Some long text title-artist 45s after 8626 such as Johnnie & Joe 8682 exist with a different sans-serif small or normal print on the title as does Little Anthony 8704 & possibly others. Pre 8626 Small Text labels always have MSCF instead of MSC that the Normal Text labels have, as did the Golds that were also issued as Silver. The vinyl matrix on comparing 2 types of the same press shows it has little meaning otherwise, ie MSCF or MSC on the 3 Little Richards labels, but the vinyl may have MSCF or MSC. The RIS London book says the F is for 45 (Forty Five). It appears to be random, so will be ignored.
The fact 8437 and also a newly found 8509 exist with mule labels as explained above, shows the labels were printed in different places/with different machinery yet the fact the label styles were mixed together on pressing means one type ran out before the other could match it.

The Small Text labels apparently printed where the small text Golds were printed with the title in sans-serif print. The Normal Text serif text matches the early Silvers with Large Matrix-Large Catalog Number as explained on the Golds page.

The fact is some big £££ records, that you can compare several copies labels online etc, only exist with one style, like 8482 Dale Hawkins is with B+B codes on Normal Text & 8433 Eddie Cochran is with B+B codes on Small Text shows absolutely no proof that small text is the first!

But... the small cat number can sometimes be seen as the rarer of the two IF the large (normal) exists, ie 8526 Sam Cooke is rare on small text as mostly found large (normal) text. Oddly 8526 exists with 1C & 2C matrix code on the vinyl, odd for a small hit record. As you'll read elsewhere, the actual matrix 1C etc is pretty meaningless so ignore it except on a tiny few where the music actually differs. Having played the 1C & 2C of You Send Me to compare, the 2C is slightly crisper sound and slightly less bassy, else the music is identical. The minor sound difference is due to the mastering engineer & the equipment used. The 2C has no other codes except the matrix, showing Decca often made errors, so take anything not too literally without comparisons. It's interesting though, which is why we've written all this!

From a sample of 71 Londons 8399-8626 we had to check on doing this article, 1 was a round 1961-2 press, 1 was a mule of types, 6 were the post 8626 label, 16 were small type & 47 were normal type. 3 had the codes unreadable as too feint or unstamped in error. On some big hits that sold for an extended time the codes can extend pretty high, eg a 1961-2 press of Everly Bros 8626 has HB+HU codes. HU = 82nd press if B is the first and U is the second! On our sample, for those who'd like to know, Small Text B+B found 3 out of 16; Normal Text B+B found 3 out of 47. Small Text highest codes were H+H on 8467 and I+I on 8506.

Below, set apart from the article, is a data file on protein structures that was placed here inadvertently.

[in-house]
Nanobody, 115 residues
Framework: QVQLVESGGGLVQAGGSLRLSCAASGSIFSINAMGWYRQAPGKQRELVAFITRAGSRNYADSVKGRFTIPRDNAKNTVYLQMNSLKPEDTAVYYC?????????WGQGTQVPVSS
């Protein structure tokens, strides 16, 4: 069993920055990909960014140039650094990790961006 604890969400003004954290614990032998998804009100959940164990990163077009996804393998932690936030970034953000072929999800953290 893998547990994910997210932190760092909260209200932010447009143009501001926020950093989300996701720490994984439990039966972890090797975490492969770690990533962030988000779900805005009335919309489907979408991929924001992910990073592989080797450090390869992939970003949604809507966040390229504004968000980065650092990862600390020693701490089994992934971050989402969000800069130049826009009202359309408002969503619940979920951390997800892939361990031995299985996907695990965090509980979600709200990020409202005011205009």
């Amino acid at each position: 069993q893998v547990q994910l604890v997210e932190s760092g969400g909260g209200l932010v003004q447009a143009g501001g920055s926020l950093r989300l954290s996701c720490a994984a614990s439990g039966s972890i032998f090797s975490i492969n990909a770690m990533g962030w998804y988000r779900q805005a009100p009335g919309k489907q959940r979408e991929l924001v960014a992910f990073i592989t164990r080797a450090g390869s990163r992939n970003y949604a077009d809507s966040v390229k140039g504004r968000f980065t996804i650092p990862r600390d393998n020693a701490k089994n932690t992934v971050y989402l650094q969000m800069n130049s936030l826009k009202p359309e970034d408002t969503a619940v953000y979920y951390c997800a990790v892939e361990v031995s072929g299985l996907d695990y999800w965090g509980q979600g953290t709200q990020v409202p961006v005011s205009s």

Starting 8626 the title & artist are in a larger sans-serif, ie plain text. Again the odd variant as you'd expect, but nothing much happens now until 8900 series with the Tri or Round, see the next article.

According to the VRC book at this exact point overnight the sleeves changed from blue with small centre to blue with large centre, though it is unlikely to be that clean a change over as with anything records. Through years of having thousands of sleeves, the small hole Londons are always on thicker paper. Sea Green Londons appear to be up to 8199. Many have sticker tears from the early days of collecting where sleeves were just a cover and stickered by thoughtless sellers. Number got written on sleeves by the shops selling when new: 8498 is a small hole, 8590 is a large hole. Just to carry it on a bit further, the large hole Blue London sleeves went through certain variants of shading & paper thickness until finally about Dec 1960, when the white with blue lines ones began, which carried on until 1967 when the 'box' London logo started & the red-white sleeves start. Firstly small holes which we considered were 1957 sleeves, then large centres on the same thicker paper as early 1958s and thinner paper thru 1958-59 you find blue with the white corner for the cat number, then very thin paper dark but paler blue until about May-June 1960. Brown-buff with blue lines appears to be a short lived variant late 1959-early 1960, then the familiar white with blue lines by c.Dec 1960. The exact changeovers could only be proved by having an untouched B+B code with the number on the sleeve. The buff paper is found on some early Warner Bros as WB1 Everlys was issued May 1960.

To conclude this section, Buckingham codes ARE the best way to age a record, ie early & find label types etc, but used TOGETHER with the LABEL style it proves facts. Of course some minor facts here could be proved wrong by records that contradict them. If you can prove something worthwhile, let us know!

There are several 1960-61 repressings
we've had or seen of pre 1960 releases that do use earlier labels, any round repress of a pre 1958 is usually rarer than the first. They are oddities really & make no difference in price to any design of a round one, we've tried. Usually found with the bigger name artists who sold certain 45s steadily, though 1954 Matty O'Neil was apparently available into the mid 1960s, we've had a Round 1960-61 press with a 1958 type label. London round centres with 1958 style labels exist, though only ever seen a Slim Whitman Gold one on a round centre 1960-61 press.